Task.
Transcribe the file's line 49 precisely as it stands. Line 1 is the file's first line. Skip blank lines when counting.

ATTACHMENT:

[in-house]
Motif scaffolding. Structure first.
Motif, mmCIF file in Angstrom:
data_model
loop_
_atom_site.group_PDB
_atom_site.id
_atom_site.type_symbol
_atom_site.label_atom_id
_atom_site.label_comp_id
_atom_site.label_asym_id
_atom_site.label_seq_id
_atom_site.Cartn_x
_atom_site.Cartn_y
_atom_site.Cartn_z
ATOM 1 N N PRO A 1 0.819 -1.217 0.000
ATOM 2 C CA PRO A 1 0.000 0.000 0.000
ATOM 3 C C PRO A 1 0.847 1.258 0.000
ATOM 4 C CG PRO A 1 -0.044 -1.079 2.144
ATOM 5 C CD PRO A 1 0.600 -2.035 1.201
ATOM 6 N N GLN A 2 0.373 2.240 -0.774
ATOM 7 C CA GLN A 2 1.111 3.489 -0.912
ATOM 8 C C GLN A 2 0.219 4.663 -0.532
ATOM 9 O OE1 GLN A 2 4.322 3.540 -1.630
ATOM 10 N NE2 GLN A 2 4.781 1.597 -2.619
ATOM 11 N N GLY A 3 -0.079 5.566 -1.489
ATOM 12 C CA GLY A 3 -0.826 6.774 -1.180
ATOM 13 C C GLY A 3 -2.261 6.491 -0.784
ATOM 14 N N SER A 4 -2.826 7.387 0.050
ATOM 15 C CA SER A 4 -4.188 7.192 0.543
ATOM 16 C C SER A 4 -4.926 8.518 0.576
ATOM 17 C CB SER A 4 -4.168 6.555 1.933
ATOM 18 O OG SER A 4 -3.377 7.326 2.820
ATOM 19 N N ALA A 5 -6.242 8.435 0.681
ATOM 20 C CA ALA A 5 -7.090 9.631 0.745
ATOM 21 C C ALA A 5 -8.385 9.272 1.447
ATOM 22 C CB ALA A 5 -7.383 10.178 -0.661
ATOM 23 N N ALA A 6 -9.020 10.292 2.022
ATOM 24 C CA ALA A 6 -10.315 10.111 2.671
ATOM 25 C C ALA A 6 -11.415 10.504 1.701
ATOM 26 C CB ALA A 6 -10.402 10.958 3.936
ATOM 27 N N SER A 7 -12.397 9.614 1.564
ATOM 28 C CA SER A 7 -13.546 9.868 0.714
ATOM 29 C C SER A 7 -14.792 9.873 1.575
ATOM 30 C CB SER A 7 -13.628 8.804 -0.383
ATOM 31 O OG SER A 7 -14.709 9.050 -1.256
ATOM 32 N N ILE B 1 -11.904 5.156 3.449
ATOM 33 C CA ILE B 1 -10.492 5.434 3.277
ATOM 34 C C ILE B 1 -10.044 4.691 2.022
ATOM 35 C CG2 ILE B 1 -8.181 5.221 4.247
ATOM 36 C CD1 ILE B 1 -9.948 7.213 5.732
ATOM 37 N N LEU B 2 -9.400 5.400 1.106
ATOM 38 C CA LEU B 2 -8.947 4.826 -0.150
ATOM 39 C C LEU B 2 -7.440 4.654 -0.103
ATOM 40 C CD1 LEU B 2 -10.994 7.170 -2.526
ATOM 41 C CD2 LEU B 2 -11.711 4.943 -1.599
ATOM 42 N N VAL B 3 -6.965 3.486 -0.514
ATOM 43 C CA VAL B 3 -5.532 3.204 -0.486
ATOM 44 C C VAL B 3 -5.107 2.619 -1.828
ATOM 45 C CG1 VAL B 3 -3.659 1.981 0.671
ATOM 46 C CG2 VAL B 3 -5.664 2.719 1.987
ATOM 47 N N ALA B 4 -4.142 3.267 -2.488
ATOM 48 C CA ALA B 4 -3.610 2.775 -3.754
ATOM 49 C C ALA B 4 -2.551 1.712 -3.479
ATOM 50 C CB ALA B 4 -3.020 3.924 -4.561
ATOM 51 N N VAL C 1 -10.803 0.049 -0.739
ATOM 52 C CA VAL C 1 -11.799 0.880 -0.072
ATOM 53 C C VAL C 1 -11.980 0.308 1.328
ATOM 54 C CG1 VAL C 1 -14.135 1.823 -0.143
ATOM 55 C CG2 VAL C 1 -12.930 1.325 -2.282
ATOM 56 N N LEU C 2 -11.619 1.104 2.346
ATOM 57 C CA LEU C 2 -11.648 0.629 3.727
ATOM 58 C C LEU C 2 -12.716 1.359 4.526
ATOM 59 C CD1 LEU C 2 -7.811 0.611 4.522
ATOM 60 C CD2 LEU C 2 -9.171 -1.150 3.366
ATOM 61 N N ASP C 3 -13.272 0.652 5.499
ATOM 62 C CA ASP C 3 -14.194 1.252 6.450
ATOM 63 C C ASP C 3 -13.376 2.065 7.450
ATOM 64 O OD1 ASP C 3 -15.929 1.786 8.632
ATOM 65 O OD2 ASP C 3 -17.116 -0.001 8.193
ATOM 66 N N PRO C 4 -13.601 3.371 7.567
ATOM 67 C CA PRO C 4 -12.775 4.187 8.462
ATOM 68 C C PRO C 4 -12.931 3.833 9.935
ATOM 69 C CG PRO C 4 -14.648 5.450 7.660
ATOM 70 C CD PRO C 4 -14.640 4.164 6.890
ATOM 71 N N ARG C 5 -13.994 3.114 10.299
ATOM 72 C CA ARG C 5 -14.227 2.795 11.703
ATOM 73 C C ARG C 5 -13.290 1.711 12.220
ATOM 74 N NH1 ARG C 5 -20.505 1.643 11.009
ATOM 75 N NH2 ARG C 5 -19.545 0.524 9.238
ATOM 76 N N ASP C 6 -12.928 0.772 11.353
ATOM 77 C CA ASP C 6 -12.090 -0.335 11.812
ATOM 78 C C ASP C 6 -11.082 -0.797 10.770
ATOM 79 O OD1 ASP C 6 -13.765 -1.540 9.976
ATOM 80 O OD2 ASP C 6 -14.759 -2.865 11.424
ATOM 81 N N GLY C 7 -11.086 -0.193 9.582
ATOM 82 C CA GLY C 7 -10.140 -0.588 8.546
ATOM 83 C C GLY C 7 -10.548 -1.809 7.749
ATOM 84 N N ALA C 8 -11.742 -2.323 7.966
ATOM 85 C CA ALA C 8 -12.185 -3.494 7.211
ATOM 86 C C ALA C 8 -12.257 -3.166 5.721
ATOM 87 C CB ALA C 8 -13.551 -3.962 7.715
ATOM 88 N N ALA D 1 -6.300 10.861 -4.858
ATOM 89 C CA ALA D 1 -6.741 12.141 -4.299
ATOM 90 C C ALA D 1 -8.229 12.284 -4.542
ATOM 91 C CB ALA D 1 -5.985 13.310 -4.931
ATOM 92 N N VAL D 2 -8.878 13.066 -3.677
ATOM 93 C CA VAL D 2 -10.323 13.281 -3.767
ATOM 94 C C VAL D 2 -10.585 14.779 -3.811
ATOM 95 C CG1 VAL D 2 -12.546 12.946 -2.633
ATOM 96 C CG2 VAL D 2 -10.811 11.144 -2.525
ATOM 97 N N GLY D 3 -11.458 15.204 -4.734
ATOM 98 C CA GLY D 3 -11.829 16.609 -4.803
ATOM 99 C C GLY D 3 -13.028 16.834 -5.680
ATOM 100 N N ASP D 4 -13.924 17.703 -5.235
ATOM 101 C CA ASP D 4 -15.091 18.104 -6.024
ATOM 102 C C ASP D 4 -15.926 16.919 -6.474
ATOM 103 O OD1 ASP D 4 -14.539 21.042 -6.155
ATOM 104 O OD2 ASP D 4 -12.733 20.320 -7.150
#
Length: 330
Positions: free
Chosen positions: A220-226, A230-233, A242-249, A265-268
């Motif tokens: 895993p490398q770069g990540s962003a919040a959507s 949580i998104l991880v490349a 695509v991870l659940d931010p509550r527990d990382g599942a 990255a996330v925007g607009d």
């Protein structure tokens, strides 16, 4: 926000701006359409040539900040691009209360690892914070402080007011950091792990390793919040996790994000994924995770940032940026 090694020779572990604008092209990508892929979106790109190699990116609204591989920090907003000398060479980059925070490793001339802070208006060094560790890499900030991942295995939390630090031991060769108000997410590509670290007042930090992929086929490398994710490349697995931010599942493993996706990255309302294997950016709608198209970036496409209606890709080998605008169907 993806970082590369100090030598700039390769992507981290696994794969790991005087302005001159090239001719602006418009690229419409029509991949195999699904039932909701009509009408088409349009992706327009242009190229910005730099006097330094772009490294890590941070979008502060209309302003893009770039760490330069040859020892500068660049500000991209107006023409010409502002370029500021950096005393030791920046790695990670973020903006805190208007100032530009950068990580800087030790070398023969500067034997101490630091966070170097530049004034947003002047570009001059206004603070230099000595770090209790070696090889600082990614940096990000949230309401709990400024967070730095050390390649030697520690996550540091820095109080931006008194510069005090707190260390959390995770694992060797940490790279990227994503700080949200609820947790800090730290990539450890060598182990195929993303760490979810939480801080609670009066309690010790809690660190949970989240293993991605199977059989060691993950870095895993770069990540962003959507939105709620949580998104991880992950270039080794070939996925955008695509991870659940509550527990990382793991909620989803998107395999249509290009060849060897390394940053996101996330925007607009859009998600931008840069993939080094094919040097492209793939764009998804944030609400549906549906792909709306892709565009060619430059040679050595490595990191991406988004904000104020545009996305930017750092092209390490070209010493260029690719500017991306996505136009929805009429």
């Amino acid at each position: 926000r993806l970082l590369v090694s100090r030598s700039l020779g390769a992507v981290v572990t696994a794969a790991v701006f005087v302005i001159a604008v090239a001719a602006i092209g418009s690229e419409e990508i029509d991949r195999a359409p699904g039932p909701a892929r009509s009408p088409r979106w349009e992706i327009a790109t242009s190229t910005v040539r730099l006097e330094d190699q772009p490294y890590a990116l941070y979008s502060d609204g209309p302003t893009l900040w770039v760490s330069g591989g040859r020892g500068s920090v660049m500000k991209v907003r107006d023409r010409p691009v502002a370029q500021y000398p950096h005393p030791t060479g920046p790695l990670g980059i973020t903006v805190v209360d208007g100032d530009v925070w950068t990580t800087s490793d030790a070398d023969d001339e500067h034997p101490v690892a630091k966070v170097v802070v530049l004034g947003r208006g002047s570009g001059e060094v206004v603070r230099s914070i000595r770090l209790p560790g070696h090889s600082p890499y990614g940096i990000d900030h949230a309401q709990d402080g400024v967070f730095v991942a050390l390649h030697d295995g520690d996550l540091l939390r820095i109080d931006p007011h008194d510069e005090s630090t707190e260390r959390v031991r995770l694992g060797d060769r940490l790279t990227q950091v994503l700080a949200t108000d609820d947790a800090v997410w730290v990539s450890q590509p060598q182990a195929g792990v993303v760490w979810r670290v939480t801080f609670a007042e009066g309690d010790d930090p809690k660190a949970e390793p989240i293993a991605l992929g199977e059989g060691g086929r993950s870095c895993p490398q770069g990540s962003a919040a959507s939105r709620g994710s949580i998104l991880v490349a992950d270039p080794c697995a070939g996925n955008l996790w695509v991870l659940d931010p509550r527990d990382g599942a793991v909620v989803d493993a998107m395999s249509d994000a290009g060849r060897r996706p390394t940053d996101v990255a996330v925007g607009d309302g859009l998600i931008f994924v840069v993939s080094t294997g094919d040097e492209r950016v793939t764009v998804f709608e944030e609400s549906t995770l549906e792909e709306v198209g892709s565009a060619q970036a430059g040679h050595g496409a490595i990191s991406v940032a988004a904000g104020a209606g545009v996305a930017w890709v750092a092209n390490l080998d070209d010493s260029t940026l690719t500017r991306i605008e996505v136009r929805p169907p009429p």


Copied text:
ATOM 34 C C ILE B 1 -10.044 4.691 2.022